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UN, Malala seek collaborative support for girl-child education

by Haruna Gimba
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By Asmau Ahmad

United Nations Deputy Secretary General, Amina Mohammed and Malala Yousafzai, Nobel Peace Prize Laureate/UN Messenger of Peace, have underscored the need for collaborative support for the full implementation of girl-child education in Nigeria.

They made the call at a news conference held on Wednesday at the UN House, Abuja.

Amina Mohammed commended Yousafzai for transcending cultures and variations through her campaign for girl-child education worldwide.

According to her, Yousafzai delivered the strongest of voice in her message 10 years ago, saying one child, one teacher, one book, and one pen could change the world.

She said, “What is more important is that Malala has lived those words every day and I saw that in Borno. It is not just the fact that she had been in Borno, but there has been progress since her first visit to the place, through her foundation for quality education.

“Malala and the UN partnership is not just a dream, but a fundamental human right and we must make it right for everyone.

“Leaders in every community have to heed Malala’s words and back that up by investing in education; they need to do that now.

“This is specially so for the 129 million girls not enrolled in school today, and for those striving to overcome barriers for quality and safe education as well as all forms of discrimination against them.”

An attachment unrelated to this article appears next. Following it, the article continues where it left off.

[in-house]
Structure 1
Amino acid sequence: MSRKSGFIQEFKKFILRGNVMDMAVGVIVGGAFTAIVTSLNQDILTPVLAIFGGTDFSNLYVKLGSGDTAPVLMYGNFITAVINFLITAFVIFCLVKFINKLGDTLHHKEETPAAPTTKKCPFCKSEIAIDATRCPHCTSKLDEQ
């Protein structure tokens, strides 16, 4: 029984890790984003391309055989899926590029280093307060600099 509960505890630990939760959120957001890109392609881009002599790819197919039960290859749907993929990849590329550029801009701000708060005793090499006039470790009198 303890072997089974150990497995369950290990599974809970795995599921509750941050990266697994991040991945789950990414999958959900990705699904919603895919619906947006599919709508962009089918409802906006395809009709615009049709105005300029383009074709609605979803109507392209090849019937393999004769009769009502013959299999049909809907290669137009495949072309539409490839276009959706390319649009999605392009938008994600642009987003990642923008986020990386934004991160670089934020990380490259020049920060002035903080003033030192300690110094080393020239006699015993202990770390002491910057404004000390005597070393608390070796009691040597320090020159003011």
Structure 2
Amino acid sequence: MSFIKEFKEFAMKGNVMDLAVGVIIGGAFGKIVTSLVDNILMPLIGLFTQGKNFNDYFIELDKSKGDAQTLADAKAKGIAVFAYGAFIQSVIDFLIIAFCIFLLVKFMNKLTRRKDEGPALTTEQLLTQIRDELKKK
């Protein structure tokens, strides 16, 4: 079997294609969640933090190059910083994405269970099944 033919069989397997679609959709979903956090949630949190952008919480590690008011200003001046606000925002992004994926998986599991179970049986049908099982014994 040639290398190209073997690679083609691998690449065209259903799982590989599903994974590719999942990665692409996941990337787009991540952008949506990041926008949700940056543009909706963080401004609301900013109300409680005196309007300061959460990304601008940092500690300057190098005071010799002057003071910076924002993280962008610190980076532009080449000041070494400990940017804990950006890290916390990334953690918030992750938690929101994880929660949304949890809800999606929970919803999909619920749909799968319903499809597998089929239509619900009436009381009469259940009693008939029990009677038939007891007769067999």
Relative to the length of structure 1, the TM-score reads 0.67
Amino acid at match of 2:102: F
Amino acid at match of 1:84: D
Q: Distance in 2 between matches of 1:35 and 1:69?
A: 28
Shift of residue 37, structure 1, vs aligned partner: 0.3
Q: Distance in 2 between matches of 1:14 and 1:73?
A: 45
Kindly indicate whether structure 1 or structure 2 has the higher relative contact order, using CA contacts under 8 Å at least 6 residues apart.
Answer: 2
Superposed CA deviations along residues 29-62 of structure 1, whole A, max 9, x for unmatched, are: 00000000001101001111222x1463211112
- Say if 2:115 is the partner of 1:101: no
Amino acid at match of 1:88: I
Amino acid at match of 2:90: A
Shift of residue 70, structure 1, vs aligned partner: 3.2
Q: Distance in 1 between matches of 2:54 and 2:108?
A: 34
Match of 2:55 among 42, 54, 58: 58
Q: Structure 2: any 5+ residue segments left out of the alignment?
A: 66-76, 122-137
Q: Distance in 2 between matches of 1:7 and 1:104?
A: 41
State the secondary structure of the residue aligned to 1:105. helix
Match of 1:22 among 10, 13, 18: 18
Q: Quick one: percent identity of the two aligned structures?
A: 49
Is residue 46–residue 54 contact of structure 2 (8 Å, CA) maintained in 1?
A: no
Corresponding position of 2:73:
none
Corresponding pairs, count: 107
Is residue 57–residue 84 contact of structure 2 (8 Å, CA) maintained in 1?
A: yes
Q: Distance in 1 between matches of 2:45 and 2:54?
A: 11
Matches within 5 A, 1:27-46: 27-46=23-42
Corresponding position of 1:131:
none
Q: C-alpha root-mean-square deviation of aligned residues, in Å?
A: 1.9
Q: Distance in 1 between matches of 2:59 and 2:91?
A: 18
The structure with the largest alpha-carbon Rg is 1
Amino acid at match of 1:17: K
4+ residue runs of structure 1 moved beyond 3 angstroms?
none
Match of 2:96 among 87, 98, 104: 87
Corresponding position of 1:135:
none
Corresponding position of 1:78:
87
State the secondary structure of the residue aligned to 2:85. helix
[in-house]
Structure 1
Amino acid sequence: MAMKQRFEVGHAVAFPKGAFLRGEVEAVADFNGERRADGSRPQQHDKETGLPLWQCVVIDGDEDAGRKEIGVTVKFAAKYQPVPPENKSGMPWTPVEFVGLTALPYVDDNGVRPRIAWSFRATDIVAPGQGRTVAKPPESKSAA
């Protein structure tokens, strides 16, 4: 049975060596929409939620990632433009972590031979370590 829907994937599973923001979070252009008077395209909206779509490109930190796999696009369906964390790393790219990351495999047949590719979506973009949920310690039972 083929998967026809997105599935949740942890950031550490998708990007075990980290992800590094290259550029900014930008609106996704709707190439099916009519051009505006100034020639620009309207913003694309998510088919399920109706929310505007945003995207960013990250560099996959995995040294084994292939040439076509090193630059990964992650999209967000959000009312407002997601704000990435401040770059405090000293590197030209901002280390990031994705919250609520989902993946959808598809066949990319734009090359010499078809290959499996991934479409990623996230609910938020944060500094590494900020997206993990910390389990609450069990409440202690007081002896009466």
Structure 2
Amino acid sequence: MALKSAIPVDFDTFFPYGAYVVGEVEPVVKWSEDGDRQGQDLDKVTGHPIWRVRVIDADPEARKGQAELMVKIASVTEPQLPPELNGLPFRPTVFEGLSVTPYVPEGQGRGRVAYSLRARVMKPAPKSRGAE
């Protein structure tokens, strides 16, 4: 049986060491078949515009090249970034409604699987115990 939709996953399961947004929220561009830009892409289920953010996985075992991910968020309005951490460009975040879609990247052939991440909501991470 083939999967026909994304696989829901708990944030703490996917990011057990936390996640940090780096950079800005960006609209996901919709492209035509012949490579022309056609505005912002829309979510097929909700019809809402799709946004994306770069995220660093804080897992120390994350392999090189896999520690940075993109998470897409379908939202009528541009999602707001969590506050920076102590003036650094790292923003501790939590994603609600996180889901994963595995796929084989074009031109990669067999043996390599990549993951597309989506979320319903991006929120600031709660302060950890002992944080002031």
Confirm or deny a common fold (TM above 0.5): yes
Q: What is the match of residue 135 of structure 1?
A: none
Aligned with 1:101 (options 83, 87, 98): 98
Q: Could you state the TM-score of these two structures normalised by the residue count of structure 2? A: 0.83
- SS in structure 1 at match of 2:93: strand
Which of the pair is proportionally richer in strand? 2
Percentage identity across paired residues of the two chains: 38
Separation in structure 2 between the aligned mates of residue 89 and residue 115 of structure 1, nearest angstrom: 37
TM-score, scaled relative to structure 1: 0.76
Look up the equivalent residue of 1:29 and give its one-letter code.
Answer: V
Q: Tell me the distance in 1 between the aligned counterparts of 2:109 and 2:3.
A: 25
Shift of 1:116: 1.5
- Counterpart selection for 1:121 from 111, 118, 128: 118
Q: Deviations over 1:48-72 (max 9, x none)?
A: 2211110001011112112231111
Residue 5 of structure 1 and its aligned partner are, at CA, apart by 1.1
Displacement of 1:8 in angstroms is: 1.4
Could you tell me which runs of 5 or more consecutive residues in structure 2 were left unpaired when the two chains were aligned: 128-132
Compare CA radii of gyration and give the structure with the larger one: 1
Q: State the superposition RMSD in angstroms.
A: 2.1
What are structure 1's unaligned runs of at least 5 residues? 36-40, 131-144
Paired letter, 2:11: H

The UN deputy chief described Yousafzai as one who “is inspirational and whose compassion and courage could bring about a world with less hate and more humility.”

Also, “a world with less bigotry and more equality, less ignorance and more education, and knowledge through lessons” drawn from her messages.

Speaking, Yousafzai who narrated her ordeal, said she was shot and nearly killed for speaking out against injustice.

She decried the challenges faced by about 120 million girls who have been denied the right to education due to poverty, patriarchy, climate, and conflict, all of which inspired her to create awareness on the importance of girl-child education.

According to her, every girl in every country has right to educational opportunity.

Yousafzai said, “I stood on the podium of the UN and with optimism of a 16-year-old declared that one child, one teacher, one book, and one pen can change the world.

“I tell you today what I did not know then. One child, with means of encouragement can’t teach the world.

“Neither any president or prime minister can. One activist, one parent, no one can change the world on their own. What is true is that change can begin with just one person.

“But to build a world where every child can have access to 12 years of quality education, we must join forces, bring girls and government, activists and educationists, parents and community leaders together.”

She advised people to always hold their leaders accountable over budgets and policies relating to promoting girl-child education.

“We must ask our leaders, those who claim to care about gender equality and education, why their policies do not match their words.

“We must call again and again at every opportunity for leaders to prioritise education. We must also look beyond government to realise our dream for our communities.

“I believe the problems the girl-child faces will be solved if we break the stronghold of patriarchy, misogyny, which disguise as culture, tradition, and religion.

“We need fathers like mine who can stand up for their daughters’ rights, mothers who speak up for them and brothers who celebrate their wins.

“We need clerics who can speak out against people who hold women and girls back, community of people who do not tolerate harm or discrimination against girl-child, but protect their rights.”

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